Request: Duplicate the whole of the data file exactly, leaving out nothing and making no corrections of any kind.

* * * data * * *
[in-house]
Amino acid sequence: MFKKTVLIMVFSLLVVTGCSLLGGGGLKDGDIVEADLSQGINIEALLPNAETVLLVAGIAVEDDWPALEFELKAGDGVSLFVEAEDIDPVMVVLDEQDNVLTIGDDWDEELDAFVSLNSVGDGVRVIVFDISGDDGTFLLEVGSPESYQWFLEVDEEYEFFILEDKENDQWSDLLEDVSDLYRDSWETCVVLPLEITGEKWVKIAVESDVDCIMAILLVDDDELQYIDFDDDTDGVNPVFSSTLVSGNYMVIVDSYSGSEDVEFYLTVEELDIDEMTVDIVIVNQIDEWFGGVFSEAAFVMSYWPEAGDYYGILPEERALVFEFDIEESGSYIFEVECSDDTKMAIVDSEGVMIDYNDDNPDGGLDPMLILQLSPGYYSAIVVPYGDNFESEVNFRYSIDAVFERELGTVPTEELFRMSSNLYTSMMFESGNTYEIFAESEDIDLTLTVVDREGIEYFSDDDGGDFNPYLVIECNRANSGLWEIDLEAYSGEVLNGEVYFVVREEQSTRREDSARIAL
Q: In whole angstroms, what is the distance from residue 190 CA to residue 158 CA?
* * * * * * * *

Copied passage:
[in-house]
Amino acid sequence: MFKKTVLIMVFSLLVVTGCSLLGGGGLKDGDIVEADLSQGINIEALLPNAETVLLVAGIAVEDDWPALEFELKAGDGVSLFVEAEDIDPVMVVLDEQDNVLTIGDDWDEELDAFVSLNSVGDGVRVIVFDISGDDGTFLLEVGSPESYQWFLEVDEEYEFFILEDKENDQWSDLLEDVSDLYRDSWETCVVLPLEITGEKWVKIAVESDVDCIMAILLVDDDELQYIDFDDDTDGVNPVFSSTLVSGNYMVIVDSYSGSEDVEFYLTVEELDIDEMTVDIVIVNQIDEWFGGVFSEAAFVMSYWPEAGDYYGILPEERALVFEFDIEESGSYIFEVECSDDTKMAIVDSEGVMIDYNDDNPDGGLDPMLILQLSPGYYSAIVVPYGDNFESEVNFRYSIDAVFERELGTVPTEELFRMSSNLYTSMMFESGNTYEIFAESEDIDLTLTVVDREGIEYFSDDDGGDFNPYLVIECNRANSGLWEIDLEAYSGEVLNGEVYFVVREEQSTRREDSARIAL
Q: In whole angstroms, what is the distance from residue 190 CA to residue 158 CA?